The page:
Commissioning and notarizing documents are essential measures in confirming their legitimacy and legality. Knowing when to commission or notarize affidavits, contracts, powers of attorney, or other legal papers can save you time and money. People often intermix the two terms. To simplify, this blog post covers the difference between Commissioning and notarizing. We’ll provide an insightful overview of notarization and Commissioning, highlighting a notary vs commissioner of oaths.
Let’s start with what notarization is and why document notarization is essential.
What is Notarization?
In Ontario, the Notaries Act regulates the process of notarizing documents.The Ministry of the Attorney General appoints a notary to serve as an impartial witness while signing documents. Their primary responsibility is to prevent fraud and ensure the authenticity of the signer’s identity.
To fulfill this role, a notary examines the signer’s identification and ensures their understanding of the signed document. They observe the signing process and affix their seal to confirm that the law conducts the procedure.
The Significance of Notarized Documents
Document Notarization helps prevent fraud . Notaries are responsible for verifying the identity of the signers and ensuring they fully understand the document they are signing.
Notarized documents are often required for international use. Many countries around the world recognize and accept notarized documents as reliable evidence.
What is Commissioning?
Commissioning is required for documents used within a specific jurisdiction within the province of Ontario. It is often necessary for various legal documents, including affidavits, statutory declarations, and other sworn statements.
The commissioning process in Ontario is regulated by the Commissioners for Taking Affidavits Act. Under this Act, a commissioner for taking affidavits is an authorized individual who has the right to administer oaths, declarations, and affirmations and take affidavits in compliance with the Act.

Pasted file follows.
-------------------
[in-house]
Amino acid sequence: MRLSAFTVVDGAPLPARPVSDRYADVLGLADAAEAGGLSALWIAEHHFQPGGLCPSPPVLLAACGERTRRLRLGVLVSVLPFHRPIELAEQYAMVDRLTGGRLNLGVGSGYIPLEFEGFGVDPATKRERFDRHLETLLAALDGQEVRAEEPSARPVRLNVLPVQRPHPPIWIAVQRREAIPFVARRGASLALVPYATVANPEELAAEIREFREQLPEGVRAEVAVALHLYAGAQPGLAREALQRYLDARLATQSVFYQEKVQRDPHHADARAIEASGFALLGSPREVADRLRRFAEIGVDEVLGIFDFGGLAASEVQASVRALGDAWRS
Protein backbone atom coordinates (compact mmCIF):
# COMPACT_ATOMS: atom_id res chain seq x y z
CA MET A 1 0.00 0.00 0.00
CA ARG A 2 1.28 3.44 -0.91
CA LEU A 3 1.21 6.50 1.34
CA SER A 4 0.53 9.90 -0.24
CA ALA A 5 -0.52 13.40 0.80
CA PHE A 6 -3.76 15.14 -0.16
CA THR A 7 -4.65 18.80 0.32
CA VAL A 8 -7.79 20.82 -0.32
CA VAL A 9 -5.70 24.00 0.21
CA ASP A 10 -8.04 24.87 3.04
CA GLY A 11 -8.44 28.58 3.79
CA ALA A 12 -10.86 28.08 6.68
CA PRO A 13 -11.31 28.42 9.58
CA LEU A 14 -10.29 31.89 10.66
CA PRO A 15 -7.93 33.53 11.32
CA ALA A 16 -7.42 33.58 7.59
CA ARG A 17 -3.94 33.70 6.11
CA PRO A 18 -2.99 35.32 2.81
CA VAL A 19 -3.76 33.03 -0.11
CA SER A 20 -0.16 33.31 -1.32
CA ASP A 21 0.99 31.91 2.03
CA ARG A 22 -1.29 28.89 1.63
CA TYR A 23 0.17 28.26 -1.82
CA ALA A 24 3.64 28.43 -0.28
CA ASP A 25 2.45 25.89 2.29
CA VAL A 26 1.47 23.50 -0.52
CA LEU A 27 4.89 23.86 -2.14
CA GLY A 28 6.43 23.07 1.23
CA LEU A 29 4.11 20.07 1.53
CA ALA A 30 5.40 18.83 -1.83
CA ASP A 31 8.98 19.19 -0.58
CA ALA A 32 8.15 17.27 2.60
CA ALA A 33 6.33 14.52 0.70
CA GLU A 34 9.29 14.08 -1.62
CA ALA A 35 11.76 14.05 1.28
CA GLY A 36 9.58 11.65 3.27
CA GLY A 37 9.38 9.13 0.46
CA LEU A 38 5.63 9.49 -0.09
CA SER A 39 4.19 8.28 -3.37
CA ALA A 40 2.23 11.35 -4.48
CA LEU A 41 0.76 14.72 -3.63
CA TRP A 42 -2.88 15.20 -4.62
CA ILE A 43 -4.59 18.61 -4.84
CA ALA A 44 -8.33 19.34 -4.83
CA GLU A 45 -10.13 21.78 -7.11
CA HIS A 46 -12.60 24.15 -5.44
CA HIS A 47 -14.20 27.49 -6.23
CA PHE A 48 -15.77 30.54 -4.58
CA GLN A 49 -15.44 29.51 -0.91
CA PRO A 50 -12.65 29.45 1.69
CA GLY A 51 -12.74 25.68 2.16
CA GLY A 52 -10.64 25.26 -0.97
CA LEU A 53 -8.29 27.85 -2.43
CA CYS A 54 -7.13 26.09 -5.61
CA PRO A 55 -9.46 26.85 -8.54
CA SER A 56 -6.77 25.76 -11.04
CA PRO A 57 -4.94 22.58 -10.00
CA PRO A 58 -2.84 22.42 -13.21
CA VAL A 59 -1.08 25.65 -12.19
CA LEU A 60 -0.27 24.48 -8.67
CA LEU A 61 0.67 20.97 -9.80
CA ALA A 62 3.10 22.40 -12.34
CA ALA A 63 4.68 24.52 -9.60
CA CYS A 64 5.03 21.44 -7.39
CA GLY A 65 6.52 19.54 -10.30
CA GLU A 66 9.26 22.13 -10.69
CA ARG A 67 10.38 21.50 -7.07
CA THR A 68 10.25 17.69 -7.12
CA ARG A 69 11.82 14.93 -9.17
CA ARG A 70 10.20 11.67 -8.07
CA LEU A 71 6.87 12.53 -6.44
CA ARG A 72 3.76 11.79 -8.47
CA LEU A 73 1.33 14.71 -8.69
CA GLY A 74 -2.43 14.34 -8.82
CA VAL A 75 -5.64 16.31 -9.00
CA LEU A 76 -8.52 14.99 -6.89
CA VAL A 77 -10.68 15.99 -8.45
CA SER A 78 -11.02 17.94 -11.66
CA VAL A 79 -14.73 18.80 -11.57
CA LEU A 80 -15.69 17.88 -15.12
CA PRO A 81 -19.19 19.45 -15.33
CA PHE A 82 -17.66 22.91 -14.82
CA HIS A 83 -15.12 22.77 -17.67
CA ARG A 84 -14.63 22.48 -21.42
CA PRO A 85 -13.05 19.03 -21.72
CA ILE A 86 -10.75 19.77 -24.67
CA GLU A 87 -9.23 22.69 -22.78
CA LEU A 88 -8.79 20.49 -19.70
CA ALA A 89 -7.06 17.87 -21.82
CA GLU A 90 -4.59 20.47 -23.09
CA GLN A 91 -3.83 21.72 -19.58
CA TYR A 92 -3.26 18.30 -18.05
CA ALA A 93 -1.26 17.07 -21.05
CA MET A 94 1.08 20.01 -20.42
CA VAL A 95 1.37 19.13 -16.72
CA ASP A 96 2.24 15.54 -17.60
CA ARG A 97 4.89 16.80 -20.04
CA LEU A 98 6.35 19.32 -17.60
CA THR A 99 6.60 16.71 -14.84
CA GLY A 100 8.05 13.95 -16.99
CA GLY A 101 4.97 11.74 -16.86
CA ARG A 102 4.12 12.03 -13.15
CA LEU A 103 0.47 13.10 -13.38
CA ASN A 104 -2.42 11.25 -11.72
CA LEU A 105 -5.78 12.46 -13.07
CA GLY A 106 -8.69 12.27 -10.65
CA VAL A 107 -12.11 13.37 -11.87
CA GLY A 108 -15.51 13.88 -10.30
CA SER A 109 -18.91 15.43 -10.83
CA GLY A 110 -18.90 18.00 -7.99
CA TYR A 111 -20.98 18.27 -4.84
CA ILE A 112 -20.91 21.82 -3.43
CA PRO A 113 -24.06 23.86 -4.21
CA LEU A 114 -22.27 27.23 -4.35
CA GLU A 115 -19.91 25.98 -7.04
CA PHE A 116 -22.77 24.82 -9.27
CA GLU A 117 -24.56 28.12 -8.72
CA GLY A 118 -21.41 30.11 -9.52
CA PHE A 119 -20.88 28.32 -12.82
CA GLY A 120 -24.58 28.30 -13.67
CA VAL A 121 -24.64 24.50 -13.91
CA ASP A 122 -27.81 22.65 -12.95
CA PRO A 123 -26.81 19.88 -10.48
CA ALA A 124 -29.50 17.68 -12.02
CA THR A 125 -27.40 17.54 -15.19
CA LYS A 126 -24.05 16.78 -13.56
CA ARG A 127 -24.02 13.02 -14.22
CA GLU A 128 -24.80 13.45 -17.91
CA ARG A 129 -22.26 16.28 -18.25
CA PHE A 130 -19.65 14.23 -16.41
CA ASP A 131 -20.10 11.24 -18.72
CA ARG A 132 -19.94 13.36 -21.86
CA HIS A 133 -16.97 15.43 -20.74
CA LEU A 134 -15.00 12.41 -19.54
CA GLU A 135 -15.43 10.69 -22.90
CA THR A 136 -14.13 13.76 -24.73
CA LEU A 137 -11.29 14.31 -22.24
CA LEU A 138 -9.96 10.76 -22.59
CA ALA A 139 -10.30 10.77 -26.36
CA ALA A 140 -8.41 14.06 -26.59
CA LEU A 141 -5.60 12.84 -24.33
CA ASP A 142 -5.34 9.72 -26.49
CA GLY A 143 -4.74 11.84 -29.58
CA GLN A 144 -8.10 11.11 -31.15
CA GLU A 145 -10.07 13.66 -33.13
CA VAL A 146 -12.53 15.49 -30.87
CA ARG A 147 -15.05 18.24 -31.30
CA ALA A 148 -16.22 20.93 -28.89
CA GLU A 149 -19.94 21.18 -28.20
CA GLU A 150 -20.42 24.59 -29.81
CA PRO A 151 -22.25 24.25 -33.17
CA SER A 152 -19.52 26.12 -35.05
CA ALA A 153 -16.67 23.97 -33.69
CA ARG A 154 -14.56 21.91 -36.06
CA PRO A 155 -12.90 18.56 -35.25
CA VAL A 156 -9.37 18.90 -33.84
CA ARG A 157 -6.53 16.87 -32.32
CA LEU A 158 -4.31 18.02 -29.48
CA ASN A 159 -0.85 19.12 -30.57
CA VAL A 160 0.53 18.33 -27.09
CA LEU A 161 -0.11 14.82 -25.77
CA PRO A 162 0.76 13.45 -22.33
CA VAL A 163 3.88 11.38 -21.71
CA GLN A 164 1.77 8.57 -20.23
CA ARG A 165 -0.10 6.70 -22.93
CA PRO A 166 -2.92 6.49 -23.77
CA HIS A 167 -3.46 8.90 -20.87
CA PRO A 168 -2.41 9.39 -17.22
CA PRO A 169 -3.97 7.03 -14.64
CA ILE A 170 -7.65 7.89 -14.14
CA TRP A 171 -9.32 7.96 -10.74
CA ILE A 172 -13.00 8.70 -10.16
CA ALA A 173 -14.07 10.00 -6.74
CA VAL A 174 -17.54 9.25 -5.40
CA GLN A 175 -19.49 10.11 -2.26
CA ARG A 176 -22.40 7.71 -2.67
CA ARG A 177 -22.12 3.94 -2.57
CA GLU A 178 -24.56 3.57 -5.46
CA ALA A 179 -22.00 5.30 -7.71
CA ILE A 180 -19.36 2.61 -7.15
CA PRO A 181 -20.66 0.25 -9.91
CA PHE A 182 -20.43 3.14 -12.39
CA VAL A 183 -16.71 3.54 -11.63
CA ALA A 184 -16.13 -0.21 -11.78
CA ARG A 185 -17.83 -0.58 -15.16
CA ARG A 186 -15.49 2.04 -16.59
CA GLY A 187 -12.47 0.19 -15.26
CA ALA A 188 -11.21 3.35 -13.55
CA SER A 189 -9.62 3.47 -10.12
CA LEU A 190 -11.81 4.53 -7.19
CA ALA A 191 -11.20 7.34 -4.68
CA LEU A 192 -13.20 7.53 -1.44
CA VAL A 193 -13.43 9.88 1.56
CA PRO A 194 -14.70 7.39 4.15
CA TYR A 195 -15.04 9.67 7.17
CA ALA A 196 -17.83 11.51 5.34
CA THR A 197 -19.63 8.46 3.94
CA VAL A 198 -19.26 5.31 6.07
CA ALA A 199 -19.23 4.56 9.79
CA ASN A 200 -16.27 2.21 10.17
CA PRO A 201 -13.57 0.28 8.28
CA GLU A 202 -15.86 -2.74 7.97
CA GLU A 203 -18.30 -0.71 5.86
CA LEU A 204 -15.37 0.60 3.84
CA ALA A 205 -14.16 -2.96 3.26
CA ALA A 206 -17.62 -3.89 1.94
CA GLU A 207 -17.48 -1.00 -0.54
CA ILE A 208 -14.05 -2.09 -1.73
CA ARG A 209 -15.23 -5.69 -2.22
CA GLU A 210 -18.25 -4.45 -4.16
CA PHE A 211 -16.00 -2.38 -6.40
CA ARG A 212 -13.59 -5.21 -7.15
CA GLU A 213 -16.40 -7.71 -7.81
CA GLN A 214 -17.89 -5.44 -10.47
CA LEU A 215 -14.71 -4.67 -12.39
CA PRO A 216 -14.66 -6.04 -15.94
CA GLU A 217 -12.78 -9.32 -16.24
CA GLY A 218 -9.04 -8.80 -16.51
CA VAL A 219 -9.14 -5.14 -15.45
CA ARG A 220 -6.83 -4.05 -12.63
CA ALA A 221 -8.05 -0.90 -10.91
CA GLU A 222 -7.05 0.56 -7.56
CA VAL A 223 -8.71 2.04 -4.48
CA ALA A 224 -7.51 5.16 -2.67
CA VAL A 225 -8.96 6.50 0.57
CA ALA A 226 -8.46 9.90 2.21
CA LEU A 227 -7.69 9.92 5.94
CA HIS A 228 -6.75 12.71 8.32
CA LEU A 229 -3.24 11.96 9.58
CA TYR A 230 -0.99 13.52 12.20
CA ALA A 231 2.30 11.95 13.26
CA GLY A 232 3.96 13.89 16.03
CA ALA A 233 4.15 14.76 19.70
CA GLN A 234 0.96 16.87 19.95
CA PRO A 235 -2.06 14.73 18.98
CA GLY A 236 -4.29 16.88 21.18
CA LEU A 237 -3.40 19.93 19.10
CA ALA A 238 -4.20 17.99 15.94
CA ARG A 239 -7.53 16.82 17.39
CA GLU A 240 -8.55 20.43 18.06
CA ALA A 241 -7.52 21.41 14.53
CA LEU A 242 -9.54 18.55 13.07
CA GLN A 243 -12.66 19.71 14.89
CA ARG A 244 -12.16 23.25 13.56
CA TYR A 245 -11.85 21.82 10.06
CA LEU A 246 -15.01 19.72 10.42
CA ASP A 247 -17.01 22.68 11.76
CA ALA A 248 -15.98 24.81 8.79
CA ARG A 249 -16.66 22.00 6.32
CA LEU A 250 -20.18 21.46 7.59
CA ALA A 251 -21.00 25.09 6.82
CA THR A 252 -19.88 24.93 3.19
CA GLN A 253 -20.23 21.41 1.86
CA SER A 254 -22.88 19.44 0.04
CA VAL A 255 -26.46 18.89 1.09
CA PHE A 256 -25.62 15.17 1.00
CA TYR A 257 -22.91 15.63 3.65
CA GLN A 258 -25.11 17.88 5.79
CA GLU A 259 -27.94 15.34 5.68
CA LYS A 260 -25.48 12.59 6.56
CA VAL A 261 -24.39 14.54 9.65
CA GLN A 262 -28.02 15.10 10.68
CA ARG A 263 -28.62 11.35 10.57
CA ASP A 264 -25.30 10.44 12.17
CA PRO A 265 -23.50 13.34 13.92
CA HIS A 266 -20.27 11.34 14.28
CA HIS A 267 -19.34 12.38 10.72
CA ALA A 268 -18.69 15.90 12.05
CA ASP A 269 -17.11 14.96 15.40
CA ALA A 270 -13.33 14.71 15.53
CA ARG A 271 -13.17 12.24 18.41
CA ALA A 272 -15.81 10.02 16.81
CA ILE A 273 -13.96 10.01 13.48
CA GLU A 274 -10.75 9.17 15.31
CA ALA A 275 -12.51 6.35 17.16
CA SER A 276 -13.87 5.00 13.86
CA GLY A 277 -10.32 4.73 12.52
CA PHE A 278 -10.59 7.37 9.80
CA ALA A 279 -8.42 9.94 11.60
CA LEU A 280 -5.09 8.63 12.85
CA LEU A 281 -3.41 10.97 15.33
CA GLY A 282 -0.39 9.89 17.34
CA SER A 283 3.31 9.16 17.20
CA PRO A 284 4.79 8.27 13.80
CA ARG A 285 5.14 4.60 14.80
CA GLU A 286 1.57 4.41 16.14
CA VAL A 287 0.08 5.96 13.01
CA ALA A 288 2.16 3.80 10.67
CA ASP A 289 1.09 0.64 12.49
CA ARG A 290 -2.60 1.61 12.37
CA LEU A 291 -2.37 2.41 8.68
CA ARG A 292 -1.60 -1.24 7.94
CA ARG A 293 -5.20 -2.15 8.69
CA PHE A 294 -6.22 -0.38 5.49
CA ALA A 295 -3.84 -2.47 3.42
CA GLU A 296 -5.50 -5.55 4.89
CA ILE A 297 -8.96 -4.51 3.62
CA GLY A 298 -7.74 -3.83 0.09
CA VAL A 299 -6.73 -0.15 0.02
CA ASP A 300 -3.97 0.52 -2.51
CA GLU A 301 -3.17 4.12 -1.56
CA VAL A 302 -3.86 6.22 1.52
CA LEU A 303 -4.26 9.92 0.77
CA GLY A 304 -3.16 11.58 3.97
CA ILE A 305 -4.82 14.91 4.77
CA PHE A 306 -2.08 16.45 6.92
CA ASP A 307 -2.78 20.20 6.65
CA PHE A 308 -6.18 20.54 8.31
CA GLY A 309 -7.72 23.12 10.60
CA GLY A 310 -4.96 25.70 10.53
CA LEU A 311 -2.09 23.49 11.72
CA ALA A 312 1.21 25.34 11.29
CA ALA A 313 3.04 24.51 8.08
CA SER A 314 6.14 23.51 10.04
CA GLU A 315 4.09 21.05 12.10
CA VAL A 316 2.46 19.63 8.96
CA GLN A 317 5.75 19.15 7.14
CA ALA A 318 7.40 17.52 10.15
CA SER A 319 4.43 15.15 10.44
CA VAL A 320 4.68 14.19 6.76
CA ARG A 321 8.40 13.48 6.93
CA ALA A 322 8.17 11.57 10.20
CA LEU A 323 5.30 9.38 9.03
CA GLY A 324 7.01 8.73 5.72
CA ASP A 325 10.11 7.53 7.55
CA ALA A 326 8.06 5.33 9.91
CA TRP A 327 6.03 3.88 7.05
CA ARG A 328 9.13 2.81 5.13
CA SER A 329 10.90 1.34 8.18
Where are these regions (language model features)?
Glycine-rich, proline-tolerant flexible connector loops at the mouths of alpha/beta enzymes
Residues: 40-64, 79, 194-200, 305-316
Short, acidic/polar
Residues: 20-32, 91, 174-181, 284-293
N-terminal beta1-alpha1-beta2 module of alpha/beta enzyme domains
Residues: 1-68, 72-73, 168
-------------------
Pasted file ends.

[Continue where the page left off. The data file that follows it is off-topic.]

The Significance of Commissioning Oath
Commissioning allows individuals to provide sworn testimony or make solemn declarations under oath.
Furthermore, Commissioning is often required for official purposes, such as executing legal documents, statutory declarations, or applications. Many government agencies, institutions, and organizations require commissioned documents as evidence of the truthfulness and authenticity of the information provided.
Notary Public vs Commissioner of Oaths
In Ontario, a Notary Public and a Commissioner of Oaths are authorized to administer oaths and affirmations, witness and authenticate documents, and perform other related functions. However , it is essential to grasp the differences between these two professions.
- Notary Publics are appointed by the provincial government, whereas various organizations or entities, such as law firms or government agencies, appoint Commissioners of Oaths.
- Notary Publics have a broader jurisdiction and can perform their duties anywhere in Ontario. On the other hand, Commissioners of Oaths have more limited jurisdiction and can only administer oaths and affirmations within their specific organization or agency.
- Notary Publics have additional powers and can perform certain notarial acts that Commissioners of Oaths cannot. For example, a Notary Public can certify true copies of documents, authenticate signatures, and notarize international documents for use in foreign countries.
- Notary Publics are generally allowed to charge higher fees for their services compared to Commissioners of Oaths. The fees charged by Notary Publics are set by the provincial government, while Commissioners of Oaths may charge lower or no fees, depending on the organization or agency they are associated with.
The Final Verdict on Notary vs Commissioner of oath
On the whole, Notaries usually have higher fees than commissioners, but they provide a more comprehensive range of services. While notaries can do additional tasks like notarization and acknowledgment, commissioners of oaths are restricted to giving oaths or affirmations. If you’re unsure which type of officer you need for your situation, it’s best to consult a licensed attorney in your state for guidance. They can help clarify the requirements and point you in the right direction.
At The Notary Guy, we assist with all your notarization and commissioning needs. Our team is ready to help you through the process.
Feel free to reach out to us for any documents.